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Again! again! again!

And the havock did not slack,

Till a feeble cheer the Dane

To our cheering sent us back ;—

Their shots along the deep slowly boom:→→→

Then ceas'd-and all is wail,

As they strike the shatter'd sail;

Or, in conflagration pale,

Light the gloom.—

Out spoke the victor then,
As he hail'd them o'er the wave;
'Ye are brothers! ye are men!
'And we conquer but to save :—

So peace instead of death let us bring: 'But yield, proud foe, thy fleet,

With the crews at England's feet,
And make submission meet

'To our King.'

Then Denmark blest our chief,

That he gave her wounds repose;

And the sounds of joy and grief,
From her people wildly rose,

As death withdrew his shades from the day.

While the sun look'd smiling bright

O'er a wide and woeful sight,

Where the fires of fun'ral light

Died away.


Now joy, old England, raise!
For the tidings of thy might,
By the festal cities' blaze,

While the wine cup shines in light;
And yet amidst that joy and uproar,
Let us think of them that sleep,
Full many a fathom deep,

By thy wild and stormy steep,

Brave hearts! to Britain's pride
Once so faithful and so true,

On the deck of fame that died,—

With the gallant good Riou:*

Soft sigh the winds of heav'n o'er their grave

While the billow mournfully rolls,

And the mermaid's song condoles,

Singing glory to the souls

Of the brave!—

* Captain Riou, justly entitled the gallant and the good, by Lord Nelson, when he wrote home his dispatches.



AT the corner of Wood-street, when day-light appears, There's a thrush that sings loud, it has sung for three years:

Poor Susan has passed by the spot, and has heard

In the silence of morning the song of the Bird.

"Tis a note of enchantment; what ails her? She sees A mountain ascending, a vision of trees;

Bright volumes of vapour through Lothbury glide, And a river flows on through the vale of Cheapside.

Green pastures she views in the midst of the dale,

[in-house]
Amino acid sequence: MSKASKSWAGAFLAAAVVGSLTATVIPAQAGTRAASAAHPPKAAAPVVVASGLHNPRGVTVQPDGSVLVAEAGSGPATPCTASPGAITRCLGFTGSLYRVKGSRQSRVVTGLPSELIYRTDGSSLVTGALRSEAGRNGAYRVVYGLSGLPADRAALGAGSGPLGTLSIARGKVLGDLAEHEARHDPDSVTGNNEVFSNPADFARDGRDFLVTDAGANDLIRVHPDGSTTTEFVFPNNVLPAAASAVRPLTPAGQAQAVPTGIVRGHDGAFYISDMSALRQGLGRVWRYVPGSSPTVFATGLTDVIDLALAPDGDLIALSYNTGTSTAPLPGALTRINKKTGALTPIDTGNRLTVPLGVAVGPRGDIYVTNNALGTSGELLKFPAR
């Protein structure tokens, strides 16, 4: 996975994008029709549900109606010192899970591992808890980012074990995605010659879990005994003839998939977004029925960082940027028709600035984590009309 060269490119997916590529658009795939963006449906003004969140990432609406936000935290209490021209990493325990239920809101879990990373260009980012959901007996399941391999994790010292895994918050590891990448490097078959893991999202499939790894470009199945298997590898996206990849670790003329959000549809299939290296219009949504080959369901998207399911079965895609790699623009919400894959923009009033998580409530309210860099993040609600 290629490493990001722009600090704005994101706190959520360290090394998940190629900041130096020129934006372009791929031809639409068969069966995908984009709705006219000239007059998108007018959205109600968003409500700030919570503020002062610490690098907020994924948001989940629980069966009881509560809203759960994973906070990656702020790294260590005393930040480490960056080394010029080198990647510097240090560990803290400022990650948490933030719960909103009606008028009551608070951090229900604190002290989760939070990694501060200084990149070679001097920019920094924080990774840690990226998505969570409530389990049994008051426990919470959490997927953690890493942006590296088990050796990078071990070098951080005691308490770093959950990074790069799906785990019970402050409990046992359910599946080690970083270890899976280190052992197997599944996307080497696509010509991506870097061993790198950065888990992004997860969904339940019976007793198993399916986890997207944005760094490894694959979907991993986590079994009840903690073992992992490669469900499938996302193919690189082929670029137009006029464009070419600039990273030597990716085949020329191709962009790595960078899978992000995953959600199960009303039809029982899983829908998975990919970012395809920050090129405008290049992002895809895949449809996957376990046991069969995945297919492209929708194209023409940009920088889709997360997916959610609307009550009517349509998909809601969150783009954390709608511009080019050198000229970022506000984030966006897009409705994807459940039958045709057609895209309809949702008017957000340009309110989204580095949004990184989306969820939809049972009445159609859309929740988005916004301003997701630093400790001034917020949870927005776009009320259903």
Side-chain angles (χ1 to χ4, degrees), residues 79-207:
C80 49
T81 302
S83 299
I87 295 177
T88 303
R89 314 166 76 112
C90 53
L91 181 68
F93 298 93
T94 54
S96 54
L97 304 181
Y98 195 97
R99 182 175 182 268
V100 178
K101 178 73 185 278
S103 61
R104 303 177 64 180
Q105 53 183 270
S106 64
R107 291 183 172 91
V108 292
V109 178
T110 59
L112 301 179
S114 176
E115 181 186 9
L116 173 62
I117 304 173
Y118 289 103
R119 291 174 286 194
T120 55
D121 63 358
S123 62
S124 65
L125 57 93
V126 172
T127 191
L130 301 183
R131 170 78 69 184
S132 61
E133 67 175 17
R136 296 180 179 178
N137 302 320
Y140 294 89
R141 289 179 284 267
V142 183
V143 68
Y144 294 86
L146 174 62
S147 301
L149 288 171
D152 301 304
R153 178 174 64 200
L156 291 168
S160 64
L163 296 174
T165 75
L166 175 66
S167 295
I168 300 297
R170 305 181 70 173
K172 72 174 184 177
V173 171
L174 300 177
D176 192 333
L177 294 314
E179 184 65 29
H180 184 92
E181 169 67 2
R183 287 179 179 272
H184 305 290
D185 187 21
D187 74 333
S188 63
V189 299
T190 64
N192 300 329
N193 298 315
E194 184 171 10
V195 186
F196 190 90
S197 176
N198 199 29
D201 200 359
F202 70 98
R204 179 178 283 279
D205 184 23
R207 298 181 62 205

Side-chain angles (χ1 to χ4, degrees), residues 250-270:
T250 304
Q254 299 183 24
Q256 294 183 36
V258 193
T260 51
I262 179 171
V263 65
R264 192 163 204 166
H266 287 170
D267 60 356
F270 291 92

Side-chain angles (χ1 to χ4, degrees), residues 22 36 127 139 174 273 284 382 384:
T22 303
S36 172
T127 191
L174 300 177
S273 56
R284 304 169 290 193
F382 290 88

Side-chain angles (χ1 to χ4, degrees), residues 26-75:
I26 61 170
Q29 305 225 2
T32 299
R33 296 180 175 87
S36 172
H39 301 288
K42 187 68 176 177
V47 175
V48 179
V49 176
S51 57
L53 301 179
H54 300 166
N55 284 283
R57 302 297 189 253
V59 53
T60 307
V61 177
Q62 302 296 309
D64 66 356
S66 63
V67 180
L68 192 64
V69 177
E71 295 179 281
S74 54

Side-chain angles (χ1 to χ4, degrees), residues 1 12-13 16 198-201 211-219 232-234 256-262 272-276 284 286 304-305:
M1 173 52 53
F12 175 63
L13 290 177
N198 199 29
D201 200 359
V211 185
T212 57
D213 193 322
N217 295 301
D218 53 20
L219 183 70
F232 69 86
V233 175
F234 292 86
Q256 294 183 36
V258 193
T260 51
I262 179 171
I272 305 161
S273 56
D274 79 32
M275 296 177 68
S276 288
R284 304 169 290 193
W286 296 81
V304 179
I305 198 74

Down which she so often has tripped with her pail;
And a single small cottage, a nest like a dove's,
The one only Dwelling on earth that she loves.

She looks, and her heart is in heaven: but they fade,
The mist and the river, the hill and the shade;
The stream will not flow, and the hill will not rise,
And the colours have all passed away from her eyes.



Man hath a weary pilgrimage

As thro' the world he wends;
On every stage from youth to age
Still discontent attends;
With heaviness he casts his eye

Upon the road before,
And still remembers with a sigh

The days that are no more.

To school the little exile goes

Torn from his mother's arms,

What then shall soothe his earliest woes,

When novelty hath lost its charms?

Condemn'd to suffer thro' the day
Restraints which no rewards repay,

And cares where love has no concern,
Hope lightens as she count the hours
That hasten his return.

From hard controul and tyrant rules
The unfeeling discipline of schools,

The child's sad thoughts will roam,
And tears will struggle in his eye
While he remembers with a sigh

The comforts of his home.

Youth comes; the toils and cares of life Torment the restless mind;

Where shall the tired and harrass'd heart Its consolation find?

Then is not Youth as Fancy tells

Life's summer prime of joy?
Ah no! for hopes too long delayed
And feelings blasted or betrayed,
The fabled bliss destroy,
And he remembers with a sigh
The careless days of Infancy.

Maturer manhood now arrives

And other thoughts come on,

But with the baseless hopes of youth
Its generous warmth is gone;

Cold calculating cares succeed,
The timid thought the weary deed,

The dull realities of truth;
Back on the past he turns his eye
Remembering with an envious sigh
The happy dreams of youth.

So reaches he the latter stage
Of this our mortal pilgrimage

With feeble step and slow;
New ills that latter stage await
And old experience learns too late
That all is vanity below.
Life's vain delusions are gone by,
Its idle hopes are o'er,

Yet Age remembers with a sigh
The days that are no more.


T. Moore.

COME, rest in this bosom, my own stricken deer!

Tho' the herd have fled from thee, thy home is still here; Here still is the smile that no cloud can o'ercast,

And the heart and the hand all thy own to the last.

Oh! what was love made for, if 'tis not the same
Thro' joy and thro' torments, thro' glory and shame?
I know not, I ask not if guilt's in that heart
I but know that I love thee, whatever thou art!

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